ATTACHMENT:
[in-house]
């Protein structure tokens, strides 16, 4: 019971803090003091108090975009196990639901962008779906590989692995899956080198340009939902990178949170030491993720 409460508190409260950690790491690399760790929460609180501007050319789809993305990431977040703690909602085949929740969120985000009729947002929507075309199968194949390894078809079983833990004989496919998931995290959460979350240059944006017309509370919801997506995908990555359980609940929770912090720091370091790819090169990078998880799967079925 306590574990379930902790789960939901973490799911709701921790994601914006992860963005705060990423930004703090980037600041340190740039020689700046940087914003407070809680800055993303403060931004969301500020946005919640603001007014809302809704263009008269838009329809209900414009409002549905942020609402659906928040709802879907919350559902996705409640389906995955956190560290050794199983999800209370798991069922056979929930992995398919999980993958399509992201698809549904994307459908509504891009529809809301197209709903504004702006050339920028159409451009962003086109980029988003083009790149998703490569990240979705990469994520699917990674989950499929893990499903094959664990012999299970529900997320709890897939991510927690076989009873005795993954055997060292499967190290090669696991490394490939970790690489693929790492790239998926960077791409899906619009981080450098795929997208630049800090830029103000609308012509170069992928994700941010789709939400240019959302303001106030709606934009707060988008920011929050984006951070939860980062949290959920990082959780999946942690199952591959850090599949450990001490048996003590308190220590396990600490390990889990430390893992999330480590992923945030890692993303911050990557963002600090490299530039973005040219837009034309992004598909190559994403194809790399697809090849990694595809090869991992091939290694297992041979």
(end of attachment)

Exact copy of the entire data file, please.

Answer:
[in-house]
């Protein structure tokens, strides 16, 4: 019971803090003091108090975009196990639901962008779906590989692995899956080198340009939902990178949170030491993720 409460508190409260950690790491690399760790929460609180501007050319789809993305990431977040703690909602085949929740969120985000009729947002929507075309199968194949390894078809079983833990004989496919998931995290959460979350240059944006017309509370919801997506995908990555359980609940929770912090720091370091790819090169990078998880799967079925 306590574990379930902790789960939901973490799911709701921790994601914006992860963005705060990423930004703090980037600041340190740039020689700046940087914003407070809680800055993303403060931004969301500020946005919640603001007014809302809704263009008269838009329809209900414009409002549905942020609402659906928040709802879907919350559902996705409640389906995955956190560290050794199983999800209370798991069922056979929930992995398919999980993958399509992201698809549904994307459908509504891009529809809301197209709903504004702006050339920028159409451009962003086109980029988003083009790149998703490569990240979705990469994520699917990674989950499929893990499903094959664990012999299970529900997320709890897939991510927690076989009873005795993954055997060292499967190290090669696991490394490939970790690489693929790492790239998926960077791409899906619009981080450098795929997208630049800090830029103000609308012509170069992928994700941010789709939400240019959302303001106030709606934009707060988008920011929050984006951070939860980062949290959920990082959780999946942690199952591959850090599949450990001490048996003590308190220590396990600490390990889990430390893992999330480590992923945030890692993303911050990557963002600090490299530039973005040219837009034309992004598909190559994403194809790399697809090849990694595809090869991992091939290694297992041979």